On the surface, “Fifty Shades of Grey” explores the burgeoning relationship between enigmatic 27-year-old billionaire Christian Grey (Jamie Dornan) and sexually uninitiated college senior Anastasia Steele (Dakota Johnson). But when one ventures past the logline, “Fifty Shades” takes a sharp turn away from the majority of popular love stories and romance fiction.
Directed by Sam Taylor-Johnson, this erotic and authentic love story from series creator E L James takes us deep inside a rich and mysterious world that explores frankly the complexities of male-female dynamics, and the limits to which we will allow ourselves to go—and to be taken.
In March 2012, after a week of meet-and-greets between James and a majority of the studios in Hollywood—followed by a weekend of fevered bidding—Universal Pictures and Focus Features acquired the film rights to the three books published by Random House in the “Fifty Shades” trilogy. The author felt that Universal was the right home for her series. She comments: “I met a lot of wonderful filmmakers from different Hollywood studios, and it wasn’t an easy decision. But in the end, I chose Universal because I believed [chairman] Donna Langley and her team would make a movie that was as faithful to the book as the fans expected and deserved.” She pauses. “And because [executive producer] Jeb Brody made me laugh.”
When rights to the trilogy landed at Universal/Focus, multi-Academy Award®-nominated producers Michael De Luca and Dana Brunetti knew there was a long list of filmmakers waiting to get their hands on it, but they still threw their hats into the ring. Writers meetings were quickly calendared, and a short list of potential scripters was assembled and passed by the studio. The resulting, much narrower, list was then presented to James, and together, the producers (including James) landed on the talented Kelly Marcel, whose work on the lauded Saving Mr. Banks had garnered her BAFTA and several other award nominations.
With Marcel busily adapting, the search for a director intensifi ed. When Sam Taylor-Johnson, the British helmer of several acclaimed short fi lms—along with a feature about the early days of John Lennon titled Nowhere Boy—presented her sizzle reel, she hoped it would convey how she saw the visuals and the tone of the material. The team instinctively knew they had found the ideal director to helm the drama, one who had a deep understanding of the story’s sensuality…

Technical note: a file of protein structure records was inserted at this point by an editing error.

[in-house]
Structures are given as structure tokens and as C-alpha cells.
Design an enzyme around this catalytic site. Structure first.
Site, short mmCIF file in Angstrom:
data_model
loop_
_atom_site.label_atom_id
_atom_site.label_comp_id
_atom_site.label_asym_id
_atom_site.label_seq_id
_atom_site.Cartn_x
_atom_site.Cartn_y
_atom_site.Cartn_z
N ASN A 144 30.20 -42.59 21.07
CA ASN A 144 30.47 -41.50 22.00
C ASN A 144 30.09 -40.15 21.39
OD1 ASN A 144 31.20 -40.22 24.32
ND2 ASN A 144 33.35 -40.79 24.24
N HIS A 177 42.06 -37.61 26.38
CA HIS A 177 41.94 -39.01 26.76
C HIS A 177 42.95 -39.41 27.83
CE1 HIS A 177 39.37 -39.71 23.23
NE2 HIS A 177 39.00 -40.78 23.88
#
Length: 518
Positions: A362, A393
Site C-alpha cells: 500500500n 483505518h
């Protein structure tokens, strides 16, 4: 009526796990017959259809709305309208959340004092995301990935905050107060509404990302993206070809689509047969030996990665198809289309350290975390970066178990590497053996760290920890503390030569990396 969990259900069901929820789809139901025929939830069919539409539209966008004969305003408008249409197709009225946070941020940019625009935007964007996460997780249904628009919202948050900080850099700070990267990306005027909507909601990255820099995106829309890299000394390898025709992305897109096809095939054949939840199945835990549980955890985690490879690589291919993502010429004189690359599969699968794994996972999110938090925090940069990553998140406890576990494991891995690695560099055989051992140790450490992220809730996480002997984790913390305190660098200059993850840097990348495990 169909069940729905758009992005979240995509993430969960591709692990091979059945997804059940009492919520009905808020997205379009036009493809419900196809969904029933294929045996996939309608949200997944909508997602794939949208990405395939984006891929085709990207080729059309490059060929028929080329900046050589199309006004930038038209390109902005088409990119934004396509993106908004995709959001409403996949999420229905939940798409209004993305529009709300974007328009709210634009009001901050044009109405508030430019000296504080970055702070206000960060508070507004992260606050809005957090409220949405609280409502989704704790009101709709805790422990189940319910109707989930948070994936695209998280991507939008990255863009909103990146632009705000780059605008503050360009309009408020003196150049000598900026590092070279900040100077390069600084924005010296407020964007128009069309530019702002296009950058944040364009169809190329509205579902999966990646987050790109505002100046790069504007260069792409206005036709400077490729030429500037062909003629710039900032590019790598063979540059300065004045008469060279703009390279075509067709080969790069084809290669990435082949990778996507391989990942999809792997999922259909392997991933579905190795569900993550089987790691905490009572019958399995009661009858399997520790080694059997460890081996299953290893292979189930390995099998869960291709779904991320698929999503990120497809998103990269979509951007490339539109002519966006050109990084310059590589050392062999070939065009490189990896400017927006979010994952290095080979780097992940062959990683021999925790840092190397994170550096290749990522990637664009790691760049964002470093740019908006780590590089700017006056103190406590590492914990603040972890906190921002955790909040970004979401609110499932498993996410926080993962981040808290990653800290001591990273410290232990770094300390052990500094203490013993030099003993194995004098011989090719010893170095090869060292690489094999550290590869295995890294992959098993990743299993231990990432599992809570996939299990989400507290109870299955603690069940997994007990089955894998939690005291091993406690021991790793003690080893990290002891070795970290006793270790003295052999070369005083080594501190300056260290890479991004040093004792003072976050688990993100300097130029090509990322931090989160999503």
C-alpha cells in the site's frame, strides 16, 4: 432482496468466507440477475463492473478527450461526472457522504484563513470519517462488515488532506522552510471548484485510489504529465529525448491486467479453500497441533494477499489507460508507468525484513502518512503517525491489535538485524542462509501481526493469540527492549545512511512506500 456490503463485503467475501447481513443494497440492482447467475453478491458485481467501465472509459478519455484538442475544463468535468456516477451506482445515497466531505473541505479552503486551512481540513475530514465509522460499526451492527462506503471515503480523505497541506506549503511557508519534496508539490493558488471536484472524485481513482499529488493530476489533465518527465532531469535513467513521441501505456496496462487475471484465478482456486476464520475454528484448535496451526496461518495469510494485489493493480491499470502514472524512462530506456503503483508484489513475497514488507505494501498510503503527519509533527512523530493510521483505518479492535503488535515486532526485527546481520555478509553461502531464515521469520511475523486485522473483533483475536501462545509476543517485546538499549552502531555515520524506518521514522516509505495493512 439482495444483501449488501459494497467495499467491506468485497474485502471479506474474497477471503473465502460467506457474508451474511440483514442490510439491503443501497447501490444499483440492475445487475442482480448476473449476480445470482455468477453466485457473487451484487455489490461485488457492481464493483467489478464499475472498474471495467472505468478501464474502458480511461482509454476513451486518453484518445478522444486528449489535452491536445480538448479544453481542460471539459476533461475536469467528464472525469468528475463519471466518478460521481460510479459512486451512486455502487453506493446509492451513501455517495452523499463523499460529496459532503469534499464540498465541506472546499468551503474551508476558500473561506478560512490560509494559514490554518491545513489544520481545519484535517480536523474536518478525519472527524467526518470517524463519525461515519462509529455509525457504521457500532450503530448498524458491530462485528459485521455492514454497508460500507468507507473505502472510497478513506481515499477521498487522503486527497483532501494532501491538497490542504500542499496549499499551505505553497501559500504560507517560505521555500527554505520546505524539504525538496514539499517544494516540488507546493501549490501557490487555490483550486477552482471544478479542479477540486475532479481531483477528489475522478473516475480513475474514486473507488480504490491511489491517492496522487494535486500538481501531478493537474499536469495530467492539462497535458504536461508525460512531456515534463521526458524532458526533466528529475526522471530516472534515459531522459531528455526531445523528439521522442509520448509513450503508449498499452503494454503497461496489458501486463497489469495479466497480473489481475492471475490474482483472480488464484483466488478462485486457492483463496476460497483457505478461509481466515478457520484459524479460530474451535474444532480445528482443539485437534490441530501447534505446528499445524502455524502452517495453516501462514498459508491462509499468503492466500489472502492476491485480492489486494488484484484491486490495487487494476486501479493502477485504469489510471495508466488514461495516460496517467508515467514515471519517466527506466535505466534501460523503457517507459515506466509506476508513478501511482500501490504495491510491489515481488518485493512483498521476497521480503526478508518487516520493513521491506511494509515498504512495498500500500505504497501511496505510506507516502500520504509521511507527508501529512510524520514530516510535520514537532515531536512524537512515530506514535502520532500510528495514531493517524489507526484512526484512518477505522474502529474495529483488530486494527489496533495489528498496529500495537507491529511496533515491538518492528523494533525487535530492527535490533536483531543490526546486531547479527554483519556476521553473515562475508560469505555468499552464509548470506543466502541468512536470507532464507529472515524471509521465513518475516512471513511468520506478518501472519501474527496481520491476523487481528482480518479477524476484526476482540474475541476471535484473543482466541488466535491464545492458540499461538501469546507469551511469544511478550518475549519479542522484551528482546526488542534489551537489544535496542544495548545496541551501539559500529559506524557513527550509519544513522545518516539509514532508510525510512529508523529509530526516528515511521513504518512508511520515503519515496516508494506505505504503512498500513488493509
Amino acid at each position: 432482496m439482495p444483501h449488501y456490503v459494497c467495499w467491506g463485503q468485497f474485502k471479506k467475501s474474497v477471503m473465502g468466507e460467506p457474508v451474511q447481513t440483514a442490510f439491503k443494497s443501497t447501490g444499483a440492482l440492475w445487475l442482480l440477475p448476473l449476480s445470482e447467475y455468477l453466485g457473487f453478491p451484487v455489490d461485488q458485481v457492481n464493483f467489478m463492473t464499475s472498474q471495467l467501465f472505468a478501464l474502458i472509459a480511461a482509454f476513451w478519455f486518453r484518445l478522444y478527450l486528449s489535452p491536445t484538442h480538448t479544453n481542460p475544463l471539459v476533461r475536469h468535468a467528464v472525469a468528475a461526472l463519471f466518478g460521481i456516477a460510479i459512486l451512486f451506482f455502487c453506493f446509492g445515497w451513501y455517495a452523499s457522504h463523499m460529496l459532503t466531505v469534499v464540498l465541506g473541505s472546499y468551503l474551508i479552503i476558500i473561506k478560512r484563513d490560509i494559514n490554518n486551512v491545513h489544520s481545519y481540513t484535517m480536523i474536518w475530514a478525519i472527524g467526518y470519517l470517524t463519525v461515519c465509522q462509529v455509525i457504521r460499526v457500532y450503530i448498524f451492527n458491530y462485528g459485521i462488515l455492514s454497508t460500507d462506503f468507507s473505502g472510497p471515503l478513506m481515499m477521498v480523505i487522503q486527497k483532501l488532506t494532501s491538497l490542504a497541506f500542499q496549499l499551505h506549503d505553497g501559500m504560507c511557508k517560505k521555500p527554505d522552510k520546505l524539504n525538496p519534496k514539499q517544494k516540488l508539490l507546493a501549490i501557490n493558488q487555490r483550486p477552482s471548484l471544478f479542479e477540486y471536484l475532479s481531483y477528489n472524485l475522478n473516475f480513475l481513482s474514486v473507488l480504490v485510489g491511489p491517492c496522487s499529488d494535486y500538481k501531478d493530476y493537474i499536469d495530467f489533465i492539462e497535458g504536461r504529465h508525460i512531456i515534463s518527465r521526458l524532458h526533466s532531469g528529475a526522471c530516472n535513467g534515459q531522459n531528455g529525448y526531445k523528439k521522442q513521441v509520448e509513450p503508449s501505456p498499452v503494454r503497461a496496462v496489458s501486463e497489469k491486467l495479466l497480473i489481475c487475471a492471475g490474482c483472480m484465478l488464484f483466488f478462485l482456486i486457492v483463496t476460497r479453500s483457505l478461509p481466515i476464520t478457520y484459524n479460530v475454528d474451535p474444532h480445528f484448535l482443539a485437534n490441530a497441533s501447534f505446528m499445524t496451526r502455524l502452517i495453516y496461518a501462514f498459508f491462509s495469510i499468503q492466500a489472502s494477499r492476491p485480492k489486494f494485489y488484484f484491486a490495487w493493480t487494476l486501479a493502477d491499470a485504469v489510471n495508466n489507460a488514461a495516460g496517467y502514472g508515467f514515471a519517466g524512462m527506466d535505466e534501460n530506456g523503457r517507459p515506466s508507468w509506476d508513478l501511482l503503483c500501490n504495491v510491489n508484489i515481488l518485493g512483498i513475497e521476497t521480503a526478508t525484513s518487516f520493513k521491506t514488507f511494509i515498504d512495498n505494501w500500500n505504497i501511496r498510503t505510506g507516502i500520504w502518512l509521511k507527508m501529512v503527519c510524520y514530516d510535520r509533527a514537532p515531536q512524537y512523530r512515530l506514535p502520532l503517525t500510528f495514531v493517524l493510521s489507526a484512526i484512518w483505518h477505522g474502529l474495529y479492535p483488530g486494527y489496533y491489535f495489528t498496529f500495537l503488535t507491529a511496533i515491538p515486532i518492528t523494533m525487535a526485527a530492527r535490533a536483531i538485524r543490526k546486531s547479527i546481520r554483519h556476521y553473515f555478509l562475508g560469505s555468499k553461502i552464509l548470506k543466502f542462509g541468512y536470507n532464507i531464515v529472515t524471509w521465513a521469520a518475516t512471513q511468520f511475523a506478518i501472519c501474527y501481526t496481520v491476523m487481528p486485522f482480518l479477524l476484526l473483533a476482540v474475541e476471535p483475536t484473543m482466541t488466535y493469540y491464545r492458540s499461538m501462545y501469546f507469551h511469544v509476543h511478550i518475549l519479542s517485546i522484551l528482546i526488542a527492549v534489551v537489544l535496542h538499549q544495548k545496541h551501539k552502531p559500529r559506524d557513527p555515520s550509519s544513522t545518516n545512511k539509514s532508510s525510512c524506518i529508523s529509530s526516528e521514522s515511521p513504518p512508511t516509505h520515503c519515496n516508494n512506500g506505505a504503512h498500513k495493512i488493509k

For some time, casting director FRANCINE MAISLER and her team had been seeing actors in New York City, Los Angeles and London, where Jamie Dornan had put himself forward for the role of Christian Grey. The Irish performer, known for his BAFTA Award-winning role on television’s The Fall and his work on Once Upon a Time, taped an audition scene. For script security, those initially auditioning had been asked to prepare a scene from another fi lm (here, Dornan chose a scene from True Romance); it was only later when winnowing applicants that anything approaching scripted materials was provided.
After finding a welcome reception in England, Dornan flew to Los Angeles to audition in person for Taylor-Johnson, a meeting that would put him with the already-cast Dakota Johnson for a “chemistry read.” Tony and BAFTA award winner Jennifer Ehle, who bears more than a passing resemblance to her on-screen daughter, was cast as Carla, Ana’s mother.
To remain true to the settings in the book, and also to provide the necessarily less-than-sunny atmosphere, shooting was set for the Pacific Northwest, specifically Vancouver, British Columbia (which would stand in for Seattle and Vancouver, Washington; and Portland, Oregon). As the movie was shot out of sequence, Taylor-Johnson needed to be able to ground the actors in the time and place of the shot, and access what the characters knew and didn’t know at that point in the script.
Some sites had to bring to life the iconic locations in James’ tome: Heathman Hotel fi lmed at the Fairmont Hotel Vancouver and Washington State University fi lmed at the University of British Columbia, which was dressed with appropriate WSU school S.W.A.G. and 500 collegiate-looking extras.
It was clear that critical sets would have to be constructed—specifically, all of Christian’s penthouse to include the living room, kitchen, dining room, his bedroom, Ana’s bedroom—the white bedroom—not to mention the all-important Red Room.